It features their new claw/basketball logo at center court and the font on their new uniforms at the baselines. The “We The North” along the sideline is a nice touch, too. Overall, the Raptors have done an excellent job with their rebrand, just in time for All-Star Weekend to be hosted in Toronto for the first time.

Former UCLA, NBA player Dave Meyers dies at 62

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LOS ANGELES (AP) Dave Meyers, the star forward who led UCLA to the 1975 NCAA basketball championship as the lone senior in coach John Wooden’s final season and later played for the NBA’s Milwaukee Bucks, died Friday. He was 62.

Meyers died at his home in Temecula after struggling with cancer for the last year, according to UCLA, which received the news from his younger sister, Ann Meyers Drysdale.

He played four years for Milwaukee after being drafted second overall by the Los Angeles Lakers. Shortly after, Meyers was part of a blockbuster trade that sent him to the Bucks in exchange for Kareem Abdul-Jabbar.

The 6-foot-8 Meyers led UCLA in scoring at 18.3 points and rebounding at 7.9 in his final season, helping the Bruins to a 28-3 record. He had 24 points and 11 rebounds in their 92-85 victory over Kentucky in the NCAA title game played in his hometown of San Diego.

Meyers Drysdale also played at UCLA during her Hall of Fame career.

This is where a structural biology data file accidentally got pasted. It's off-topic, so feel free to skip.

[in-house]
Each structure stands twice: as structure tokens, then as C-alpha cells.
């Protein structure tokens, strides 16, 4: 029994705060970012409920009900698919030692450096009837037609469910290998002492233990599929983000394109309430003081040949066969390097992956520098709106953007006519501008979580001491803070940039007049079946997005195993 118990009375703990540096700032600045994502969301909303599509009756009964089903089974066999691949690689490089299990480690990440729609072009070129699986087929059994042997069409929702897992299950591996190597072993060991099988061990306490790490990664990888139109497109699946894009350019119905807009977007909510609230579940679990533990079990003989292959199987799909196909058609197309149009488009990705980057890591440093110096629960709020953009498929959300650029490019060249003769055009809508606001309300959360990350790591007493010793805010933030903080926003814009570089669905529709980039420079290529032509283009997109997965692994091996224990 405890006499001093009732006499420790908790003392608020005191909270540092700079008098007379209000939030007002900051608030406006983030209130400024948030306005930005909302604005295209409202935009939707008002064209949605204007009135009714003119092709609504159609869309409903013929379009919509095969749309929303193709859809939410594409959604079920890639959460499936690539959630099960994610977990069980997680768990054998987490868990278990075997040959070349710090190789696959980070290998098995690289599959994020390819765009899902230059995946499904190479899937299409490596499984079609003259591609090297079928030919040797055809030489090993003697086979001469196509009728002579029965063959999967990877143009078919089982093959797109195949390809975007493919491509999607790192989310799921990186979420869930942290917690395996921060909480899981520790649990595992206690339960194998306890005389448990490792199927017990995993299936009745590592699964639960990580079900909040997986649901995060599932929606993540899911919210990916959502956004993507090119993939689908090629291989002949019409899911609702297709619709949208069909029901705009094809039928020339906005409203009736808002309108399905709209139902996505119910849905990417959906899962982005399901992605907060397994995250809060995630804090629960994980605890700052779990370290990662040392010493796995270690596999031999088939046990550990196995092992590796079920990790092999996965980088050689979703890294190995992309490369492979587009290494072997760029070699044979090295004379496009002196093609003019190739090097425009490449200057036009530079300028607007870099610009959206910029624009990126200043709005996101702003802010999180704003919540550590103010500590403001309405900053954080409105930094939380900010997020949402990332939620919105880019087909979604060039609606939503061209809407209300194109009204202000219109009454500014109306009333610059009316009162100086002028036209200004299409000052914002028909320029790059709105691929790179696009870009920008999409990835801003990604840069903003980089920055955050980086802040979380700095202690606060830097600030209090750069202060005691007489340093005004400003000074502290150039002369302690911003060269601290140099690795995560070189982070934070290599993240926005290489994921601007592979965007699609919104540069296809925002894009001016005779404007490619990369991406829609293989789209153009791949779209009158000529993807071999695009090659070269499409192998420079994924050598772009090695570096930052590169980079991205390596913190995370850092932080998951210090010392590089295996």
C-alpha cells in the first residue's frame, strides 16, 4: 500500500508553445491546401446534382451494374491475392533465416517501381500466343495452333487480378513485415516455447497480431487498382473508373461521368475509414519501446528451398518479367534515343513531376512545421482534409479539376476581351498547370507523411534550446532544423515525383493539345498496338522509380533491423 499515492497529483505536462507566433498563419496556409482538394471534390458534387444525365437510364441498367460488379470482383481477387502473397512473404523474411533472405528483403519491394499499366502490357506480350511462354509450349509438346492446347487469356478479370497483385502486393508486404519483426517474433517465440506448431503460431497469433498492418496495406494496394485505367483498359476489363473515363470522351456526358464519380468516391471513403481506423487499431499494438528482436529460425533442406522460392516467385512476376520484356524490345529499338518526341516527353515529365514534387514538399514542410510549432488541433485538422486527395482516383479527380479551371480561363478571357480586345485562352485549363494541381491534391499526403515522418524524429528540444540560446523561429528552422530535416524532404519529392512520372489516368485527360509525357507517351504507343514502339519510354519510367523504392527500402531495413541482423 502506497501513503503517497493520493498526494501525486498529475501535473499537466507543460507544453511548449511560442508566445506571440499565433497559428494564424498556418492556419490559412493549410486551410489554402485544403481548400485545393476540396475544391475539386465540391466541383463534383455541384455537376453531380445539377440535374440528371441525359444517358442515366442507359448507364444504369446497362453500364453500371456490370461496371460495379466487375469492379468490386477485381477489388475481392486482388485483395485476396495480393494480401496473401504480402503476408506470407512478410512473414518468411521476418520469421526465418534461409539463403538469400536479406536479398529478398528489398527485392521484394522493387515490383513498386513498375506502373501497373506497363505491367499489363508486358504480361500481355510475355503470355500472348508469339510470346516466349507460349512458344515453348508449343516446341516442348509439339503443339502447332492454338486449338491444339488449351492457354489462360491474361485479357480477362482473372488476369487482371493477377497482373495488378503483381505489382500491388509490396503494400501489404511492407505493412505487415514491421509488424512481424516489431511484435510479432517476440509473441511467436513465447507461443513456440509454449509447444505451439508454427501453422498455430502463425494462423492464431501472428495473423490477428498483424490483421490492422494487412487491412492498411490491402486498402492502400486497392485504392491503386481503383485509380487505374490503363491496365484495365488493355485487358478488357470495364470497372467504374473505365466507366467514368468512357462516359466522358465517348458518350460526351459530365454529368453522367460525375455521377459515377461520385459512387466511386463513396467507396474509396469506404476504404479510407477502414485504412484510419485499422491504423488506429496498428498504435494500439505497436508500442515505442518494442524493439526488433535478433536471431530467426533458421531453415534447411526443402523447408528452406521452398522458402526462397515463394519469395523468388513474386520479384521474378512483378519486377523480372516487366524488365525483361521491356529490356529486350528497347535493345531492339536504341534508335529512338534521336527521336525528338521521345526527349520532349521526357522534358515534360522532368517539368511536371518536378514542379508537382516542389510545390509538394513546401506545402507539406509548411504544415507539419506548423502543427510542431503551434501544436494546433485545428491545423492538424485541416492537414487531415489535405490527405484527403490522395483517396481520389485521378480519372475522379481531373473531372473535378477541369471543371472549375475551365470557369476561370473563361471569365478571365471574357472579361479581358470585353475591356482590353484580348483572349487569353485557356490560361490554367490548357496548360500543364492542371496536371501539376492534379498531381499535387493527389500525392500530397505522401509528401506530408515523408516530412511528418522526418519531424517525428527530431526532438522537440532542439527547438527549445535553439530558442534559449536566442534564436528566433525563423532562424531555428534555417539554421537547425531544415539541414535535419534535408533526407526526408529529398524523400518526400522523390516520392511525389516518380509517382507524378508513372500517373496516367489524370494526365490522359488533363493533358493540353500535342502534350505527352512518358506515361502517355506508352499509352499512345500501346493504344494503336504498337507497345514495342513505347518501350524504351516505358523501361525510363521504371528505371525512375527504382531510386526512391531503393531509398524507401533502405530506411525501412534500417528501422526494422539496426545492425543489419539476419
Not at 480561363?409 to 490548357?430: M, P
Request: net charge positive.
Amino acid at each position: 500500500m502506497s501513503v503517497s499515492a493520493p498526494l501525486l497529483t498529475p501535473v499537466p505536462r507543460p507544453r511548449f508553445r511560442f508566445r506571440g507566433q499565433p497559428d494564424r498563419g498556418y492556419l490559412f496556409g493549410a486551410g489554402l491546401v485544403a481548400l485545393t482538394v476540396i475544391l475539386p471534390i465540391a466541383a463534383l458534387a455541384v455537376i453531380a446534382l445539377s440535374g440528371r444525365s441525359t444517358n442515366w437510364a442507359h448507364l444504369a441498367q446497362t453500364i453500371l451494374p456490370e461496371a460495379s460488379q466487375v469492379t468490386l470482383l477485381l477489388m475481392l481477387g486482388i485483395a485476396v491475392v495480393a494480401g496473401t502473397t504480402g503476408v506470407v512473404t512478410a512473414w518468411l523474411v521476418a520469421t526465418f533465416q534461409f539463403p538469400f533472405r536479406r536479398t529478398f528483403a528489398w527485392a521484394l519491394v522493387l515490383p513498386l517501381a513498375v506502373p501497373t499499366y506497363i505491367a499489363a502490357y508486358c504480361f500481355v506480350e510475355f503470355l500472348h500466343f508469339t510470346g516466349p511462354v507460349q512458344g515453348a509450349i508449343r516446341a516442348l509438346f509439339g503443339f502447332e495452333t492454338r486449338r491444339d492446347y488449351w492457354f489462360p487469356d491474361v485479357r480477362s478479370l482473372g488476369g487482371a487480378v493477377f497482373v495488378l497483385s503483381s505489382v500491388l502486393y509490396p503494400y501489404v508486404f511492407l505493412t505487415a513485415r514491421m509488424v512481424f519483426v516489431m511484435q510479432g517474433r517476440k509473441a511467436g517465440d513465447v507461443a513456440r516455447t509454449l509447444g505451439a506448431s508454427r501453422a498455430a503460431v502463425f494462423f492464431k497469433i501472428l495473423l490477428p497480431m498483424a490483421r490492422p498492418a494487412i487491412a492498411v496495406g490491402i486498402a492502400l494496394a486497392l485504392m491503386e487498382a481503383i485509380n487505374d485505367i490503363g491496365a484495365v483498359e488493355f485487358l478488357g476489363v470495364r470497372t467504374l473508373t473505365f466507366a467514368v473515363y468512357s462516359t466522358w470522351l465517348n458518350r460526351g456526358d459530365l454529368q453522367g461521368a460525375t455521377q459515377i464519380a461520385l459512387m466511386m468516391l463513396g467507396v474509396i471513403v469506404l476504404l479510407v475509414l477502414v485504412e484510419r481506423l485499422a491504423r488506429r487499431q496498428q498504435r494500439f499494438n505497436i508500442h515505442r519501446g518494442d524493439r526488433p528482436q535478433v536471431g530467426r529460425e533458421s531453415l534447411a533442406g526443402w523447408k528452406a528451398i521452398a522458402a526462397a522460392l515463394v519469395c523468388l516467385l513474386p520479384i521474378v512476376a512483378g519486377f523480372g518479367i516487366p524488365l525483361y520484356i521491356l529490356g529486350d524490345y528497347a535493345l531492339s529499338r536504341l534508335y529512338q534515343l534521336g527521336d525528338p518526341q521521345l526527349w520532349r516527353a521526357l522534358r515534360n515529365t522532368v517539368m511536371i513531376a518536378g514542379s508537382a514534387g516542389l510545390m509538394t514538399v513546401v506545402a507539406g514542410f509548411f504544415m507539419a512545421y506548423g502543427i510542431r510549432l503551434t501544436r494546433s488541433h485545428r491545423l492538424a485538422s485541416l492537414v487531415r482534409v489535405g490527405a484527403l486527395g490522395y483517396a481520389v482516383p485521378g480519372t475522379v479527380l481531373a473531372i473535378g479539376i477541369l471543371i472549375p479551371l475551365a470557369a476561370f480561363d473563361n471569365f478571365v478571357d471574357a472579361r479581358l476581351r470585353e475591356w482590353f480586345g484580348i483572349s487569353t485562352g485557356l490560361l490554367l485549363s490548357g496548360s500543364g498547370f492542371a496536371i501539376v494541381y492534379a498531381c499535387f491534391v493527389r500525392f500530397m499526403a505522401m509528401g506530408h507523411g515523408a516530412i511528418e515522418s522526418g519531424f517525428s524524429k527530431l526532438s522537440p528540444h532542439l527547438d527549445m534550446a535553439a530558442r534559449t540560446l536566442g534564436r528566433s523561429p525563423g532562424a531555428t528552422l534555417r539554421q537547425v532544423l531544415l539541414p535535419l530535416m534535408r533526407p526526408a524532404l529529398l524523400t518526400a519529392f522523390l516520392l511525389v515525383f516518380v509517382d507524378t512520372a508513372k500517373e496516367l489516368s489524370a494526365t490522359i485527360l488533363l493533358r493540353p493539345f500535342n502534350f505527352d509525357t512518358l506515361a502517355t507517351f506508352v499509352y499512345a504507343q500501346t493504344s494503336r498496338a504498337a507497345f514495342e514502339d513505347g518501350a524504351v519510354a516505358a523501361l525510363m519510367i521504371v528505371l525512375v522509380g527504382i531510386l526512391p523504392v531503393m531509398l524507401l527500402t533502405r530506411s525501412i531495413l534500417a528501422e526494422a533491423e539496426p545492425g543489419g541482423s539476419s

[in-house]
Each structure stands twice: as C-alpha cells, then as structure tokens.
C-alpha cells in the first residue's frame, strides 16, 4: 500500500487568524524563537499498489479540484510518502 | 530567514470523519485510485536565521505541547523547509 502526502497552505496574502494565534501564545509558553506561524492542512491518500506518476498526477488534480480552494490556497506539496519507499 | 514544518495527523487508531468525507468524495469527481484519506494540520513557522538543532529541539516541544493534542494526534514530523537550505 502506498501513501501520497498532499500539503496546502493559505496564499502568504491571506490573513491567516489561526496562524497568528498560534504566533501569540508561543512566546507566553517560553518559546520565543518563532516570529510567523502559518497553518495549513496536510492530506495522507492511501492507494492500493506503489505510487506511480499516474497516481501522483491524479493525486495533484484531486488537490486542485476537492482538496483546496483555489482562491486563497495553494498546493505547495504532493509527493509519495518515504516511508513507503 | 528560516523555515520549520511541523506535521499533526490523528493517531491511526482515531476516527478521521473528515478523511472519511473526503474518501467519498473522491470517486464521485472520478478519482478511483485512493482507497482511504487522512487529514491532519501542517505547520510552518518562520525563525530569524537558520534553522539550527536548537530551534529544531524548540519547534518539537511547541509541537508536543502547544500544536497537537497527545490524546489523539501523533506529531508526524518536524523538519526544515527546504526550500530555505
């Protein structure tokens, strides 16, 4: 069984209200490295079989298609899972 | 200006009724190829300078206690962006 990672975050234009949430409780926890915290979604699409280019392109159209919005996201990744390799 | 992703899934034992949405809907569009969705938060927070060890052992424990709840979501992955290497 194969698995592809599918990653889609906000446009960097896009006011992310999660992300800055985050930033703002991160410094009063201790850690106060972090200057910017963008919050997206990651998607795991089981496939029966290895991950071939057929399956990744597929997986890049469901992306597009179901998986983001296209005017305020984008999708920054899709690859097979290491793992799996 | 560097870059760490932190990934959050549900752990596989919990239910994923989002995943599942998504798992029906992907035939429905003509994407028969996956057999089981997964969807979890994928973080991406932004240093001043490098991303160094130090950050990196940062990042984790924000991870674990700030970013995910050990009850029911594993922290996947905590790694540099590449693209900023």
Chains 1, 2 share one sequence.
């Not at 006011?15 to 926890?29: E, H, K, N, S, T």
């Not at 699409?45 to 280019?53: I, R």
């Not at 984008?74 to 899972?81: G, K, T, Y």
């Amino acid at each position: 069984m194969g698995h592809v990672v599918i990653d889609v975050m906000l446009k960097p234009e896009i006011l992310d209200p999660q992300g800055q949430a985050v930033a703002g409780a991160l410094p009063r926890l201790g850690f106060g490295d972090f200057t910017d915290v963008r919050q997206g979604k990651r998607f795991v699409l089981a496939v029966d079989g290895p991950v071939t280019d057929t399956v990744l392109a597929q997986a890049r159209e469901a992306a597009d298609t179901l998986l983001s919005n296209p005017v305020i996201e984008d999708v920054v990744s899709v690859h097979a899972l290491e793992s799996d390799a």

Meyers assumed the Bruins’ leadership role during the 1974-75 season after Bill Walton and Jamaal Wilkes had graduated. Playing with sophomores Marques Johnson and Richard Washington, Meyers earned consensus All-America honors. Meyers made the cover of Sports Illustrated after the Bruins won the NCAA title.

“One of the true warriors in (at)UCLAMBB history has gone on to glory,” Johnson wrote on Twitter. “Dave Meyers was our Captain in `75 and as tenacious a player ever. RIP.”

Johnson recalled in other tweets how Meyers called him `MJB’ or Marques Johnson Baby when he was a freshman, and later in the NBA, Meyers was nicknamed “Crash” because he always diving on the floor for loose balls.

As a junior, Meyers started on a front line featuring future Hall of Famers Walton and Wilkes.

Meyers was a reserve as a sophomore on the Bruins’ 1973 NCAA title team during the school’s run of 10 national titles in 12 years under Wooden. The team went 30-0 and capped the season by beating Memphis 87-66 in the championship game, when Meyers had four points and three rebounds.

In 1975, Meyers, along with Elmore Smith, Junior Bridgeman and Brian Winters, was traded to Milwaukee for Abdul-Jabbar and Walt Wesley.

During the 1977-78 season, Meyers was reunited with Johnson on the Bucks and averaged a career-best 14.7 points. He missed the next year with a back injury. Meyers returned in 1979-80 to average 12.1 points and 5.7 rebounds in helping the Bucks win a division title.

Born David William Meyers, he was one of 11 children. His father, Bob, was a standout basketball player and team captain at Marquette in the 1940s. The younger Meyers averaged 22.7 points as a senior at Sonora High in La Habra, California.

Meyers made a surprise announcement in 1980 that he was retiring from basketball to spend more time with his family. He later earned his teaching certificate and taught sixth grade for several years in Lake Elsinore, California.

He is survived by his wife, Linda, whom he married in 1975, and daughter Crystal and son Sean.